What is state failure? See my conceptualisation of state failure on the right flank below.

Friday, April 17, 2009

Swat gouvernementalité

Quote; from a news report about the by now well-known case of Pakistani Taliban who flogged a girl in Swat:

"Human rights activist Samar Minallah said the girl was from a poor family and was flogged after a neighbour told the Taliban she had had an affair.

"They did this brutality just on suspicion. There was no trial. No evidence, no witness was produced," she said."


"Minallah said the militants had issued two minutes of footage of the beating and it was being sold in markets.

"It was distributed deliberately by the militants to harass residents and make the point that they can keep on doing what they like," Minallah said."

Brutally effective, isn't it? No interest in a fair trial, not to mention that the norm they were statedly defending may not be accepted by many even in the areas they control (that adultery should be punished by flogging, with relatives made to hold down the girl to be flogged).

The Taliban just showed that they are ready to do this without thinking for a second... And did so on DVD, so it can also be distributed. They did what they did before their version of sharia would have been a government-approved fact in Swat. Just in case.

Spectacle + terror + context-specific message + modern means of distribution. Ain't no rocket science; still it's a revolution beyond the 1990s Afghan Taliban's approach to photography and filming.

Whether the Taliban really didn't think for a second about doing this is another question. They picked on a poor family - there are two basic options how this may have occurred.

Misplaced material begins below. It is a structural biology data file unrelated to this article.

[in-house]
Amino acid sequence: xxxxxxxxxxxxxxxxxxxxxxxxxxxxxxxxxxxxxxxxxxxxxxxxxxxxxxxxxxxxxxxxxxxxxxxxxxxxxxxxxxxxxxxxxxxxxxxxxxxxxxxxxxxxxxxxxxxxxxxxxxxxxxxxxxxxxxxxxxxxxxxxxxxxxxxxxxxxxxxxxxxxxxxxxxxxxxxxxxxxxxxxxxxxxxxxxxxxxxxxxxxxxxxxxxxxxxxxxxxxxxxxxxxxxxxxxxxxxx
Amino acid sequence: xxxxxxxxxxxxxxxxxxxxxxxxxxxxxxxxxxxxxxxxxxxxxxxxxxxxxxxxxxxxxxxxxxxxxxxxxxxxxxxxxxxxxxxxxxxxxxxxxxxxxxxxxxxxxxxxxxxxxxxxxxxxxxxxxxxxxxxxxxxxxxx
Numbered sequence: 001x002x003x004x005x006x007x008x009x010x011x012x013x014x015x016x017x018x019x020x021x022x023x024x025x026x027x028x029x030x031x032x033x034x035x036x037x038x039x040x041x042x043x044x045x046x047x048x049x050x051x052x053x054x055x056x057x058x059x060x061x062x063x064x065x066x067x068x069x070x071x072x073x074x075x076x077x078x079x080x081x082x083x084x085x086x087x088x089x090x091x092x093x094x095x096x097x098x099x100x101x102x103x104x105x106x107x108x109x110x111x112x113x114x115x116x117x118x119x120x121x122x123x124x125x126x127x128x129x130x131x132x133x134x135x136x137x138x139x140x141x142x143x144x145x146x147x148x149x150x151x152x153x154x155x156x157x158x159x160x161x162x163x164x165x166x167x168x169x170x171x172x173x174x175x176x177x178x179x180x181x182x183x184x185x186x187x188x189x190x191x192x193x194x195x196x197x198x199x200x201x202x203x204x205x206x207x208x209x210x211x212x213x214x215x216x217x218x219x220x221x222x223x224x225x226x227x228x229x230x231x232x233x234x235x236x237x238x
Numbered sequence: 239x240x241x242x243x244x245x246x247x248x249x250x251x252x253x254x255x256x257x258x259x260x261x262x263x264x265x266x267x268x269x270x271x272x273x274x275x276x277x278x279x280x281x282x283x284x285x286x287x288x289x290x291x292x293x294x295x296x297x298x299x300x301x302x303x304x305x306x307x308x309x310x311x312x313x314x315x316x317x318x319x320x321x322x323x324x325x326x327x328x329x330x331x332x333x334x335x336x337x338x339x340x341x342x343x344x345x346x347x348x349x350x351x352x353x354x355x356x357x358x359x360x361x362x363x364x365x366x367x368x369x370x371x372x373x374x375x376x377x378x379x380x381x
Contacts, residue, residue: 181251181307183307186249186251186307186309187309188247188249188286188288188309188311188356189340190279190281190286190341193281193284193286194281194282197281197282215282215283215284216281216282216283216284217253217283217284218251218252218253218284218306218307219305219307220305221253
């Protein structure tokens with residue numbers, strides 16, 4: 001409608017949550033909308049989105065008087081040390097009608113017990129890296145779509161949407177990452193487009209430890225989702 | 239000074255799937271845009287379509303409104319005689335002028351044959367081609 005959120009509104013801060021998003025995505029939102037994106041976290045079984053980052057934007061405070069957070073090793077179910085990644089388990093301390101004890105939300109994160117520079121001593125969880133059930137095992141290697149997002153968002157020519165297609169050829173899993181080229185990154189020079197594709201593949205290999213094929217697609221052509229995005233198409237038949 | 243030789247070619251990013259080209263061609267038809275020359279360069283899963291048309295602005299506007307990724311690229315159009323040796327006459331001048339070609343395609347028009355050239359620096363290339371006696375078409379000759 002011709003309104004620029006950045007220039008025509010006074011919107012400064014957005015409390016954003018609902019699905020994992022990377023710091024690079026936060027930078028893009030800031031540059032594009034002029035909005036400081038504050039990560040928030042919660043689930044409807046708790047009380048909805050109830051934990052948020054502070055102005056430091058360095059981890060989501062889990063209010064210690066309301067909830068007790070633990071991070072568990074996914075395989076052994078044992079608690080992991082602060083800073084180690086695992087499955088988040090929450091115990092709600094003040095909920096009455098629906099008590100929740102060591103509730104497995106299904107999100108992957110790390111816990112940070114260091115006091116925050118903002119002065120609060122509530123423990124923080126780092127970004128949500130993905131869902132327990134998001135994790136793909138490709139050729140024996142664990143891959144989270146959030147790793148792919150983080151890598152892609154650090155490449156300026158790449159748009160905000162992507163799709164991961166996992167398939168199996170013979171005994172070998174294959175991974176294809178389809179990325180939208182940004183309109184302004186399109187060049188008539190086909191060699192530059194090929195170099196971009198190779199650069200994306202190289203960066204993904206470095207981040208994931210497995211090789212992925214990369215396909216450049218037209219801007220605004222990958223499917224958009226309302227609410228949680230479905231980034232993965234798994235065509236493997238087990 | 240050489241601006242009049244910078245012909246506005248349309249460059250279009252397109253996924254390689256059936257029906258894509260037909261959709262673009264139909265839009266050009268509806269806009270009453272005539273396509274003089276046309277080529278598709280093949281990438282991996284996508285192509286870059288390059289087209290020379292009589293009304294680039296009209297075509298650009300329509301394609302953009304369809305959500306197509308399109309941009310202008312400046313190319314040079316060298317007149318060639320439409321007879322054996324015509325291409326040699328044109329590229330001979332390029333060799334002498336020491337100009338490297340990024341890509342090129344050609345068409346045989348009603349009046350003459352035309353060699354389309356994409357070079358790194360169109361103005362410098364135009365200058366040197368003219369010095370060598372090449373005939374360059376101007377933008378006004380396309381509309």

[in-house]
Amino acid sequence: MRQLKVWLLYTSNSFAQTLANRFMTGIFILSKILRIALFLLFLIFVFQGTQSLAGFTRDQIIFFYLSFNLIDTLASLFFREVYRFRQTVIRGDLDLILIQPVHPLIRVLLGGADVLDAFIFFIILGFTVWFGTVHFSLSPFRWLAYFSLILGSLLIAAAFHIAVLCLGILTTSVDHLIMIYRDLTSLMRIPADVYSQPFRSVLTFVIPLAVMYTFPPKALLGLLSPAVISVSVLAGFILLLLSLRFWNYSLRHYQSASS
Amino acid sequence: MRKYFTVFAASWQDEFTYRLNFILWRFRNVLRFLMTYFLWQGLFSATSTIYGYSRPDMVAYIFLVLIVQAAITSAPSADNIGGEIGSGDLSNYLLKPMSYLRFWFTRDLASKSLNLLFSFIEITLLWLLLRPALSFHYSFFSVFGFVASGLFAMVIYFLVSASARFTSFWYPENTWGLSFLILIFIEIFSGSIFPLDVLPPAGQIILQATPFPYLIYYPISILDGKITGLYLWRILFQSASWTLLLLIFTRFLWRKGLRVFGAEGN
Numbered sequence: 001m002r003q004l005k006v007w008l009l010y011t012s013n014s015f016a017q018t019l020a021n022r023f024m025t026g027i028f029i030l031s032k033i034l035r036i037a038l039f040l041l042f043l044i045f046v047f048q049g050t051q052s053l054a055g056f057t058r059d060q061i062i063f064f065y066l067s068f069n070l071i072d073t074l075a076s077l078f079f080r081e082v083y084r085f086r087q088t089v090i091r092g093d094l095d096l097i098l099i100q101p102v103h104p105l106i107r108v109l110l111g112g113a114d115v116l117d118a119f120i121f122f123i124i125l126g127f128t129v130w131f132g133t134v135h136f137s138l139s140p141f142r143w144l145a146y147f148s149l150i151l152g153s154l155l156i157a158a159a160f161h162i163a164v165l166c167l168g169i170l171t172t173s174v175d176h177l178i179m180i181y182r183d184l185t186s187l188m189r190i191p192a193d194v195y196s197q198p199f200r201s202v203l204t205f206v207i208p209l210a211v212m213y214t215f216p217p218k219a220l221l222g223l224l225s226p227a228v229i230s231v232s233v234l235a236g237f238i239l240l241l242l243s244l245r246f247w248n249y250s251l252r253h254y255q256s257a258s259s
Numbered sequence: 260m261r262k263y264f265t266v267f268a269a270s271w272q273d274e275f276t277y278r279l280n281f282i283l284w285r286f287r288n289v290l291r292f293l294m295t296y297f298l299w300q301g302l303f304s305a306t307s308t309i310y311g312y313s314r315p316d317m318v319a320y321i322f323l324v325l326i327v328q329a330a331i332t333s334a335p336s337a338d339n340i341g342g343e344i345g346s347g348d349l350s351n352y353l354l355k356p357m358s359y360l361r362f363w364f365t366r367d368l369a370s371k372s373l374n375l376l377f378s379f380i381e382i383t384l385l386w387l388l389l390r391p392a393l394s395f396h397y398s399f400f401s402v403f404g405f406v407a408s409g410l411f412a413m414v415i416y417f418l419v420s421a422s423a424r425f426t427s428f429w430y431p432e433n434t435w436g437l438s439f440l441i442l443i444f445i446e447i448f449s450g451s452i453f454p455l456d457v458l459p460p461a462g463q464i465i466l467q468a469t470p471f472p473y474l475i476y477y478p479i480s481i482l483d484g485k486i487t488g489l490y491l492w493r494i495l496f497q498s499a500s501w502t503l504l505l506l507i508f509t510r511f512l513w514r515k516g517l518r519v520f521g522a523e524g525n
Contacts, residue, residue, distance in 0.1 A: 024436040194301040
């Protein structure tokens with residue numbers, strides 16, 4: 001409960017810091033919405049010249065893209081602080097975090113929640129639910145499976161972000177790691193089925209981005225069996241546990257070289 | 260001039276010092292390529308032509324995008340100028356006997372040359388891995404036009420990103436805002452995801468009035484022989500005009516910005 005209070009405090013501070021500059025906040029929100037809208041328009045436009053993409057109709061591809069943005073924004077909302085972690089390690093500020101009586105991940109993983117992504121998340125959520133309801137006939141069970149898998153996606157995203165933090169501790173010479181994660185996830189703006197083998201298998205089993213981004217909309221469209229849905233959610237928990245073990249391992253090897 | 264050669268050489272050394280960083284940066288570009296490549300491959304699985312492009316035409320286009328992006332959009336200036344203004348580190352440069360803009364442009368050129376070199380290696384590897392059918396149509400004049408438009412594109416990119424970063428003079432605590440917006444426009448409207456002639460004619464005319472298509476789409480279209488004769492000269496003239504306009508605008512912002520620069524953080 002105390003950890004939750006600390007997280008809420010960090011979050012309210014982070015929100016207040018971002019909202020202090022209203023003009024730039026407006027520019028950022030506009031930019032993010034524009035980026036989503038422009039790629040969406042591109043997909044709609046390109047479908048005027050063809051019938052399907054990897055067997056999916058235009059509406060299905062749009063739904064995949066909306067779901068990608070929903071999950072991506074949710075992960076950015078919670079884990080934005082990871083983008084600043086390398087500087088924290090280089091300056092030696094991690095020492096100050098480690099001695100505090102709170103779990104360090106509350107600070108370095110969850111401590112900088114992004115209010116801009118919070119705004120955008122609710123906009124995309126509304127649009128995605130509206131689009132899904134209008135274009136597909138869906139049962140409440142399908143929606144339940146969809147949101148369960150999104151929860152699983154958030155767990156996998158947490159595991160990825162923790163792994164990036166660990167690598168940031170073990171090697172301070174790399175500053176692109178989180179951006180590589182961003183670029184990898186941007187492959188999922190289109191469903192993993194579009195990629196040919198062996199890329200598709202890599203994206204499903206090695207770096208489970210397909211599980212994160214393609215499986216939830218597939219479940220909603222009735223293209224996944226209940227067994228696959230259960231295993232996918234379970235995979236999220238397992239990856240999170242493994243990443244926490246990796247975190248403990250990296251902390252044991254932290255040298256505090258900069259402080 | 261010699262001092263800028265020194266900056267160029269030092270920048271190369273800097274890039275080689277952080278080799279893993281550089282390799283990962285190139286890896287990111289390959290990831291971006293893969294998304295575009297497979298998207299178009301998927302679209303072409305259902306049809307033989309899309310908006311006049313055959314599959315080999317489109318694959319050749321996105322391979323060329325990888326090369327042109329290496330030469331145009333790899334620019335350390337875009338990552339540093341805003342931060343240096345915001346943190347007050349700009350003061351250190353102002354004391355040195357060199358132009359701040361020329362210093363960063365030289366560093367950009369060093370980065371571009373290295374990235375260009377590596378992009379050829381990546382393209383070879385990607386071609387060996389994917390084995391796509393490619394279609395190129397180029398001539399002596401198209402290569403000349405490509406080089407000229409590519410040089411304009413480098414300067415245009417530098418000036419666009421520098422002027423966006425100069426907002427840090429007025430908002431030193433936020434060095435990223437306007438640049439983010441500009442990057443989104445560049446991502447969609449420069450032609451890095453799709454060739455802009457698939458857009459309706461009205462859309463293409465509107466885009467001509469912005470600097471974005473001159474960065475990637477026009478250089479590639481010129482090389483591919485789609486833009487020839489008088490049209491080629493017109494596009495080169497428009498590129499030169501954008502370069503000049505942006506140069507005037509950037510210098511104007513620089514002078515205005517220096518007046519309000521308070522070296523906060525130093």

1) They randomly picked on the family in question, meaning they bumped into just this case. For the girl and her family this was just a coincidence of poverty and being terrorised.

2) To a degree they chose this family to show an example with. No coincidence. Reasons? Poor families (the large majority) are the primary audience. It had to be one of them, because the Taliban's goal is to have them develop the sort of "gouvernementalité" they wish for. Then there is also the practical idea that the better-off may avoid being disciplined like this, by showing extra generosity as proof of how disciplined they are. And then they may as well leave land and property behind. Go to London for instance, never come back. So their house, their orchards and all else can be taken over. Other than that, the Taliban are not all that interested in governing them.

P.S. I should also point to Arif Rafiq's excellent commentary on the issue.

1 comment:

I.:.S.:. said...

The consequences of adultery could sometimes be pretty harsh around there even before the Taliban came along. In this case, as you point out, she was probably an arbitrary choice of victim, based on a quite possibly spurious accusation from her neighbours. Disapproving gossip and small-minded grudges are prevalent thereabouts, as in small and conservative communities everywhere.

This is a truly harsh spectacle. Similarly brutal torture and war footage on DVDs and copied tapes from the bazaar is increasingly a staple of young boys' education in Taliban zones. The evidence against the executed is probably just as tenuous, according to the legends they are government spies, in case you don't read Urdu. I don't recommend you watch it.